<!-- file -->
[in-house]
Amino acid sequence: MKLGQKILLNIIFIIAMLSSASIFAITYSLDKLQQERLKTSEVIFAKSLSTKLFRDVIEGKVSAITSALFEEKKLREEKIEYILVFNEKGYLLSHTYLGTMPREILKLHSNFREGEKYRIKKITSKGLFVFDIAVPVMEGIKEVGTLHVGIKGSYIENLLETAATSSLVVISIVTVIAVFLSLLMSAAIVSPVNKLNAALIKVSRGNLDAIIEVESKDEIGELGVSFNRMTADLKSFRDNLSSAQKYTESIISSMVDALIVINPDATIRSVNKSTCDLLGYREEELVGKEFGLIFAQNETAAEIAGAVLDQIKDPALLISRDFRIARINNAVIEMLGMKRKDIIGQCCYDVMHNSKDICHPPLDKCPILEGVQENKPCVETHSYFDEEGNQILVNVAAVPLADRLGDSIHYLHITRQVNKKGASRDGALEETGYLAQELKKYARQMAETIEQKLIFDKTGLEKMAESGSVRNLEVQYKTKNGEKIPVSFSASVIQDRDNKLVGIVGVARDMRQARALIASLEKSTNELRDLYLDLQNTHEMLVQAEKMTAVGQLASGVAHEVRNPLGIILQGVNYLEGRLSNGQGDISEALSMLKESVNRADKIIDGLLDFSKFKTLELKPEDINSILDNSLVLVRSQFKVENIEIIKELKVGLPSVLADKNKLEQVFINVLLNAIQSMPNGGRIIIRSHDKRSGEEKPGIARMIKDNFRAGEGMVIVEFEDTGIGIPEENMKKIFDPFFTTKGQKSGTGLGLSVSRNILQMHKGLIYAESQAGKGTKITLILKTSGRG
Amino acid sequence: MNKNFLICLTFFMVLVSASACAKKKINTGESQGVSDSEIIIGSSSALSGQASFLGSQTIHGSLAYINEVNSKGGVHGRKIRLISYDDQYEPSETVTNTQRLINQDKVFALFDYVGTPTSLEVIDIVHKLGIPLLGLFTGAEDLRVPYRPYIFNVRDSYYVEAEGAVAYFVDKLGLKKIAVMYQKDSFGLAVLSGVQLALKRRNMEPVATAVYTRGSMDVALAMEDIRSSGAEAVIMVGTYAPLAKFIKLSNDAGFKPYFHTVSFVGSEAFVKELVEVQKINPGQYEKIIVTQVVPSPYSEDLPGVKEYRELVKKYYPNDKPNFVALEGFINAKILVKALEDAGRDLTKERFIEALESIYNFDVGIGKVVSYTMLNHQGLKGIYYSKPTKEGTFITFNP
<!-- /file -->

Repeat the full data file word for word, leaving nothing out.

[in-house]
Amino acid sequence: MKLGQKILLNIIFIIAMLSSASIFAITYSLDKLQQERLKTSEVIFAKSLSTKLFRDVIEGKVSAITSALFEEKKLREEKIEYILVFNEKGYLLSHTYLGTMPREILKLHSNFREGEKYRIKKITSKGLFVFDIAVPVMEGIKEVGTLHVGIKGSYIENLLETAATSSLVVISIVTVIAVFLSLLMSAAIVSPVNKLNAALIKVSRGNLDAIIEVESKDEIGELGVSFNRMTADLKSFRDNLSSAQKYTESIISSMVDALIVINPDATIRSVNKSTCDLLGYREEELVGKEFGLIFAQNETAAEIAGAVLDQIKDPALLISRDFRIARINNAVIEMLGMKRKDIIGQCCYDVMHNSKDICHPPLDKCPILEGVQENKPCVETHSYFDEEGNQILVNVAAVPLADRLGDSIHYLHITRQVNKKGASRDGALEETGYLAQELKKYARQMAETIEQKLIFDKTGLEKMAESGSVRNLEVQYKTKNGEKIPVSFSASVIQDRDNKLVGIVGVARDMRQARALIASLEKSTNELRDLYLDLQNTHEMLVQAEKMTAVGQLASGVAHEVRNPLGIILQGVNYLEGRLSNGQGDISEALSMLKESVNRADKIIDGLLDFSKFKTLELKPEDINSILDNSLVLVRSQFKVENIEIIKELKVGLPSVLADKNKLEQVFINVLLNAIQSMPNGGRIIIRSHDKRSGEEKPGIARMIKDNFRAGEGMVIVEFEDTGIGIPEENMKKIFDPFFTTKGQKSGTGLGLSVSRNILQMHKGLIYAESQAGKGTKITLILKTSGRG
Amino acid sequence: MNKNFLICLTFFMVLVSASACAKKKINTGESQGVSDSEIIIGSSSALSGQASFLGSQTIHGSLAYINEVNSKGGVHGRKIRLISYDDQYEPSETVTNTQRLINQDKVFALFDYVGTPTSLEVIDIVHKLGIPLLGLFTGAEDLRVPYRPYIFNVRDSYYVEAEGAVAYFVDKLGLKKIAVMYQKDSFGLAVLSGVQLALKRRNMEPVATAVYTRGSMDVALAMEDIRSSGAEAVIMVGTYAPLAKFIKLSNDAGFKPYFHTVSFVGSEAFVKELVEVQKINPGQYEKIIVTQVVPSPYSEDLPGVKEYRELVKKYYPNDKPNFVALEGFINAKILVKALEDAGRDLTKERFIEALESIYNFDVGIGKVVSYTMLNHQGLKGIYYSKPTKEGTFITFNP